What happened

Hawaiian Holdings (NASDAQ:HA) -- parent company of Hawaiian Airlines -- reported its second-quarter 2018 earnings last night. This morning, its stock popped 12% in response. While it's retraced a bit since, Hawaiian Holdings stock is still up a healthy 9.2% as of 1:10 p.m. EDT.

Earnings per share of $1.56 ($1.44 "adjusted" for one-time items) easily topped analyst expectations for profits of $1.26. This was despite sales falling just short of expectations for $717.8 million.

A Hawaiian Airlines plane on the tarmac at an airport.

Rapidly rising fuel and labor costs fail to ground Hawaiian Holdings stock. Image source: Hawaiian Airlines.

So what

Hawaiian Holdings reported sales of $715.4 million for the quarter, up 7% from last year's Q2. Operating profits declined due to large rises in costs for labor (up 11%), maintenance (up 16%), and fuel (up 49%).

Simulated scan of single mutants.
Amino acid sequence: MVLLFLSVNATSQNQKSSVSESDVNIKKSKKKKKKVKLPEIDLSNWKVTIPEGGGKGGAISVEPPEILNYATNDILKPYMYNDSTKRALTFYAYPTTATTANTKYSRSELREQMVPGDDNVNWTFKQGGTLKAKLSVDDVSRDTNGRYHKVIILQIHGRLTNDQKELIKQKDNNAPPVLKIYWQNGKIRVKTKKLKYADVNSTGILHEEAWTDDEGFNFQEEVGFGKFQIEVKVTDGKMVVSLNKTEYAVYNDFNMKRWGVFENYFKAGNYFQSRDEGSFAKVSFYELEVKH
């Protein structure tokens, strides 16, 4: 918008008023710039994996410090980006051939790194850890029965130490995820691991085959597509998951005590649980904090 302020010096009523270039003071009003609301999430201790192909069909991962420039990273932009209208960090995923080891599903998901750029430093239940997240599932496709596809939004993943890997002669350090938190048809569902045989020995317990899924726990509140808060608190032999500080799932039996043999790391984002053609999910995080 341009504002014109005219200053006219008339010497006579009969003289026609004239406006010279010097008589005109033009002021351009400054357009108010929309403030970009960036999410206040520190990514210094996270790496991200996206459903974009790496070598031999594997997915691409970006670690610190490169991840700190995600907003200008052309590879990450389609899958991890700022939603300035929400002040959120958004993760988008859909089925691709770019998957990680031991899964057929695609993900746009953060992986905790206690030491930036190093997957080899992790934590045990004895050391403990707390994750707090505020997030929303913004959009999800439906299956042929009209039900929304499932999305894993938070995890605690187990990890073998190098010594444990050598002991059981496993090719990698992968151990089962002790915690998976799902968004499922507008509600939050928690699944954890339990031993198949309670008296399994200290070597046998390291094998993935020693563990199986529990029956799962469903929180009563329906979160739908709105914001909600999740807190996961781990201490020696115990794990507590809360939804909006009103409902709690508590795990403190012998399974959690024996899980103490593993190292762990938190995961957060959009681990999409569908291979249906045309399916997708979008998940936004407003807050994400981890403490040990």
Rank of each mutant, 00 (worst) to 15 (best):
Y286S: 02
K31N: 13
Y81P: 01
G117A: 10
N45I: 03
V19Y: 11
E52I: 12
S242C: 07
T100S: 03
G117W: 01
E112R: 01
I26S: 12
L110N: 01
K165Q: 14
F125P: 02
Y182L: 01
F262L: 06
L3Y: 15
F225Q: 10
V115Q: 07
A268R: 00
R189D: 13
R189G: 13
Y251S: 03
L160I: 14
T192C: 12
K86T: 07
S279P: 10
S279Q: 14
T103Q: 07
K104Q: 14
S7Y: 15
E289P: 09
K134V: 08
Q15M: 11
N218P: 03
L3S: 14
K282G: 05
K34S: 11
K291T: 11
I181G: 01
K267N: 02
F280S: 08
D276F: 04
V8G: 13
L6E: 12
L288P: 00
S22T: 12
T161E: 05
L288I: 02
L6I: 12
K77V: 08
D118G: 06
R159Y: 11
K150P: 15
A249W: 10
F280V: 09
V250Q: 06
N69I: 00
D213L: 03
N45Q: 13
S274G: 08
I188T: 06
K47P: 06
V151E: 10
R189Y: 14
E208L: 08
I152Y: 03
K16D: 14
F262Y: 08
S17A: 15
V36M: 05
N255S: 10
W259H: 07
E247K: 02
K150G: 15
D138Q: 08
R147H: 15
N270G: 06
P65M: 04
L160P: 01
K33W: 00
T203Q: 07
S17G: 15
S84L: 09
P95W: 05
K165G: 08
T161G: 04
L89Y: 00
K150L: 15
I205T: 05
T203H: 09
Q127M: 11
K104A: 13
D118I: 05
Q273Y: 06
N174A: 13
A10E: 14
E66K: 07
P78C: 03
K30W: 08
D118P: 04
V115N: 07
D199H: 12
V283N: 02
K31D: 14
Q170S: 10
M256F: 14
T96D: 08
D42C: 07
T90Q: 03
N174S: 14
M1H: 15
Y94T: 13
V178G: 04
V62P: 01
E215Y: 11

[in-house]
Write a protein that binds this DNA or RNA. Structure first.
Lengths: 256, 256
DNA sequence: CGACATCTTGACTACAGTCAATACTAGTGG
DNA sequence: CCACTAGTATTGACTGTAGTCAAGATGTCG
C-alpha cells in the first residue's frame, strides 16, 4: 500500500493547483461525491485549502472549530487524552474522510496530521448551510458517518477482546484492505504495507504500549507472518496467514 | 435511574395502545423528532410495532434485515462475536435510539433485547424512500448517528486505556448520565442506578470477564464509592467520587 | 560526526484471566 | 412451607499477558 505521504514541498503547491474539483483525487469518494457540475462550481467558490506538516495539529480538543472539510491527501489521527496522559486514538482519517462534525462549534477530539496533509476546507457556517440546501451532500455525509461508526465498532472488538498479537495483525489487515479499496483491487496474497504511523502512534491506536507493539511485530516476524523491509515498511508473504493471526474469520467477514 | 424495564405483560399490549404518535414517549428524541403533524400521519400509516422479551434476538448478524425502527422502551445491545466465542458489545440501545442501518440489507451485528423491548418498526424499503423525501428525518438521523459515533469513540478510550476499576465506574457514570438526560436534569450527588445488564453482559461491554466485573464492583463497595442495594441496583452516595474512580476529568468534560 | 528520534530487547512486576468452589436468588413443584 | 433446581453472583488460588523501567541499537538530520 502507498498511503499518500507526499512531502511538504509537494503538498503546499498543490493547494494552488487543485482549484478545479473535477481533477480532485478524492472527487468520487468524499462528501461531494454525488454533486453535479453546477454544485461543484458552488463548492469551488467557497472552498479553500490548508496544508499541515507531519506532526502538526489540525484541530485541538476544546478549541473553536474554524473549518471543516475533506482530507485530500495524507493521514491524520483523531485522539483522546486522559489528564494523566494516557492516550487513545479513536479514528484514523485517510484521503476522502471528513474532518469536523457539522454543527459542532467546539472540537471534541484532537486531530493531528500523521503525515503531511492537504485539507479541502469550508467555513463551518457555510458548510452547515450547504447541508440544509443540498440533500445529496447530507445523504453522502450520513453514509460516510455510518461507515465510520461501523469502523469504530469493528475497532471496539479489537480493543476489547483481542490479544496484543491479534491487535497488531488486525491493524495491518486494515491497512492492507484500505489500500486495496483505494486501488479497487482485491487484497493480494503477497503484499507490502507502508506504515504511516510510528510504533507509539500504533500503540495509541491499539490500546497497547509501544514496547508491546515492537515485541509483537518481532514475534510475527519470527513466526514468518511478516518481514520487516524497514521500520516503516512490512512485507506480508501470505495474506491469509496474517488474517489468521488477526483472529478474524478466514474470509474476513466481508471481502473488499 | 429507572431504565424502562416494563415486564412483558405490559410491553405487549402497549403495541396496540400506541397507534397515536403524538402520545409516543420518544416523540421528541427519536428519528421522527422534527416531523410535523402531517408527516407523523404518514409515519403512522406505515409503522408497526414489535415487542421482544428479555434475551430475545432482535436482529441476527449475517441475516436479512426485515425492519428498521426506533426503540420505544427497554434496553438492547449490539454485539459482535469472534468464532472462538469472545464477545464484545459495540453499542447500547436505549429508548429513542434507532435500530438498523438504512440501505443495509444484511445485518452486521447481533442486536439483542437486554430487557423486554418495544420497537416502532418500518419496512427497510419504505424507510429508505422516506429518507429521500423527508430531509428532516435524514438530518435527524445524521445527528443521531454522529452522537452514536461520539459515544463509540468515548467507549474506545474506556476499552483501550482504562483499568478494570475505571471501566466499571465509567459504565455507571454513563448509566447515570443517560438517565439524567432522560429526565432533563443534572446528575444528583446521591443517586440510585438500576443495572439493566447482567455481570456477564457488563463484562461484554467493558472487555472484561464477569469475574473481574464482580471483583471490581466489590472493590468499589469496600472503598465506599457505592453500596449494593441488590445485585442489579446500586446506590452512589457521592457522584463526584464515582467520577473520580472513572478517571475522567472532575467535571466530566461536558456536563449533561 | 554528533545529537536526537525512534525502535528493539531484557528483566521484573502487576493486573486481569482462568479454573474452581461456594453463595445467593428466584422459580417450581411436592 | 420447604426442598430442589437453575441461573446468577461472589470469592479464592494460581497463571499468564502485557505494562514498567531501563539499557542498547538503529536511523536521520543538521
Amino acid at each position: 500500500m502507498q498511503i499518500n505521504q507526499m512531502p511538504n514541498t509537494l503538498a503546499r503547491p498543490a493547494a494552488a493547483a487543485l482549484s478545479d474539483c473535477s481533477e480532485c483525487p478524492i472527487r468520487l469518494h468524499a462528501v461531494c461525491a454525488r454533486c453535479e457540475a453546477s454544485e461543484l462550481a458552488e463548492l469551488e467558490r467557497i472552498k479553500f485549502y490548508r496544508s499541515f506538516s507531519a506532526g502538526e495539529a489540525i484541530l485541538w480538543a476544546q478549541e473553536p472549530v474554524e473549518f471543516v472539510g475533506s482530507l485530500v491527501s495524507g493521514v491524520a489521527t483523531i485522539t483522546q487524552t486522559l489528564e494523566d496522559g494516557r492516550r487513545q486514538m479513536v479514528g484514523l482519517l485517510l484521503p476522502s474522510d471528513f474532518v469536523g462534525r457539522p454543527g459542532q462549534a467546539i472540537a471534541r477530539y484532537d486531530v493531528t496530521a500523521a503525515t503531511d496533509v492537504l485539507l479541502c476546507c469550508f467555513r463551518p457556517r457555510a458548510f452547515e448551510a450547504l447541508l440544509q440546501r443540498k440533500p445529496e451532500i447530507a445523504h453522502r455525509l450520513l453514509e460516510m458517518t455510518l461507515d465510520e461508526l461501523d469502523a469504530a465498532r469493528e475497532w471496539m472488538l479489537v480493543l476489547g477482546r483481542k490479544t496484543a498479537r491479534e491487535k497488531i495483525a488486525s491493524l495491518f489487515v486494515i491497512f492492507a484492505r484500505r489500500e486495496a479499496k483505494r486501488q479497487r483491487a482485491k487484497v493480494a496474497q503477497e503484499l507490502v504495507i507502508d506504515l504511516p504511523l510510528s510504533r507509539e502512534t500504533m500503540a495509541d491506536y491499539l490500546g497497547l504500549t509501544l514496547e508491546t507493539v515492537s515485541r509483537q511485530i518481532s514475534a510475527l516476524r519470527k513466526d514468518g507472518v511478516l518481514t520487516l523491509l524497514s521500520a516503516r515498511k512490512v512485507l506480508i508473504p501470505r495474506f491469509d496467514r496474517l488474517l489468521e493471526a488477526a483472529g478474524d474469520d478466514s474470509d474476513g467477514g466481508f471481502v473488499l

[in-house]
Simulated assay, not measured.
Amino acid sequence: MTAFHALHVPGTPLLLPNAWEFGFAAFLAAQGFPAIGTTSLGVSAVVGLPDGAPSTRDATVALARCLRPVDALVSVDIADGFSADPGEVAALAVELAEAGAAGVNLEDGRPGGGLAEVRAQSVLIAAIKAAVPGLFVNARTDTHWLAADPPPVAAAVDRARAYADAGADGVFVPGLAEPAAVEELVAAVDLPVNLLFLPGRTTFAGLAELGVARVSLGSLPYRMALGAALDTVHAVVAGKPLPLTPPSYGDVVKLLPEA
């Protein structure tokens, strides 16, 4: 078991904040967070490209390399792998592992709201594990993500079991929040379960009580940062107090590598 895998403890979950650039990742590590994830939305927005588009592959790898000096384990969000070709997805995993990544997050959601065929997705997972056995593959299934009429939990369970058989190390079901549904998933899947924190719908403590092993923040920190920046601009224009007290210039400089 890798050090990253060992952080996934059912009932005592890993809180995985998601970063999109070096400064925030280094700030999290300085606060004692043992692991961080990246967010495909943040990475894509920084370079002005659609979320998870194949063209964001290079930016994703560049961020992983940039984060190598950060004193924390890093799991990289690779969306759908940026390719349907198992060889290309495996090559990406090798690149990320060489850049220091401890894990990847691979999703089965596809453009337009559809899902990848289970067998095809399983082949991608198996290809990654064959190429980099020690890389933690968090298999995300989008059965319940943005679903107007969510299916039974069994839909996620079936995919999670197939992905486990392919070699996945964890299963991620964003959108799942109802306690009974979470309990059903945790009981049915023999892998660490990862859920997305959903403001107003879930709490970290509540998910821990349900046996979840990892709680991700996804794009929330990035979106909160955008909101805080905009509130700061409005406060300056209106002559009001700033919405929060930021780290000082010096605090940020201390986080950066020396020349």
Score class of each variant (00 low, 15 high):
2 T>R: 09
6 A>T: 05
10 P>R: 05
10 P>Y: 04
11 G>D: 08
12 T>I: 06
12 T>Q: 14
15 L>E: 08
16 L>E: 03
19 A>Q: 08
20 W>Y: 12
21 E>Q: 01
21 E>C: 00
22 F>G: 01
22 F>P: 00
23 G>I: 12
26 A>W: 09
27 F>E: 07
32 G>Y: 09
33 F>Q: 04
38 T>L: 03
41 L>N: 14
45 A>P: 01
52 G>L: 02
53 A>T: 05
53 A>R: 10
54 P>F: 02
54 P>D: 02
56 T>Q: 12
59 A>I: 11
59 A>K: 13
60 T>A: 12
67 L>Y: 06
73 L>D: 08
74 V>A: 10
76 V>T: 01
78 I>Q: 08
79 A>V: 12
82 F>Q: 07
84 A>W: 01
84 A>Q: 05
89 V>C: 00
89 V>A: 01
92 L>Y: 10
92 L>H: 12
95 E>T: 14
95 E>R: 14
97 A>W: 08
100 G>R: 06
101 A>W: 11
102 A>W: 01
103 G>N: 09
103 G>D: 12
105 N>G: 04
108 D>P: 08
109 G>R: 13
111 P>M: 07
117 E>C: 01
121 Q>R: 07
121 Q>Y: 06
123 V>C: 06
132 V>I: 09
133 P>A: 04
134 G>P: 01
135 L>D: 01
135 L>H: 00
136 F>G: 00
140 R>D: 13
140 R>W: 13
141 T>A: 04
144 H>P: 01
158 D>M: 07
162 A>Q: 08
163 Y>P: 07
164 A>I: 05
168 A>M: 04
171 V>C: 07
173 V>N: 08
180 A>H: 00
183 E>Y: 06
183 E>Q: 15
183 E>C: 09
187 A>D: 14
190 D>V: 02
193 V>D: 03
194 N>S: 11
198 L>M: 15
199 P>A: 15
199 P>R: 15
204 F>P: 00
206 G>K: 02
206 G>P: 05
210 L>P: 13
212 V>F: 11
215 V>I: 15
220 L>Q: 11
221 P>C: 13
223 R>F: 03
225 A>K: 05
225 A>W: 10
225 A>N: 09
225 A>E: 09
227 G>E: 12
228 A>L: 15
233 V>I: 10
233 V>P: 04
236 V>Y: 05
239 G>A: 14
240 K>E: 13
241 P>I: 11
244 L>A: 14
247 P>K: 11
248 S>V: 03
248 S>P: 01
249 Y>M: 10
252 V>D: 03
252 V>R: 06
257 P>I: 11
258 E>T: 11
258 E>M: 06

However, a big decrease in taxes thanks to tax reform helped to offset these rising costs, lifting net income 9%. And overall, as CEO Peter Ingram pointed out, Hawaiian "generated more revenue and carried more guests than in any second quarter in our history by executing our plan and running a safe and reliable airline." 

Now what

Looking ahead to Q3, Hawaiian advised that it plans to grow "available seat miles" (ASM -- or in other words, capacity) 7.5% to 9.5%, and says revenue per ASM is likely to remain roughly stable, perhaps up or down by 1.5% in comparison to last year's Q3. Costs are expected to rise even faster, though, between 0.5% and 3.5%, excluding fuel costs. Fuel costs will rise between 5% and 7%, which could make further earnings gains difficult -- and not just in Q3.

For the whole year, Hawaiian is looking for a 5.5% to 7.5% increase in ASM, with costs rising between 1% and 3% per ASM, excluding fuel, and with fuel costs alone rising 4% to 6% relative to last year.

Whether Hawaiian will be able to hold onto today's gains as investors fully digest this less optimistic news remains to be seen.

Rich Smith has no position in any of the stocks mentioned. The Motley Fool has no position in any of the stocks mentioned. The Motley Fool has a disclosure policy.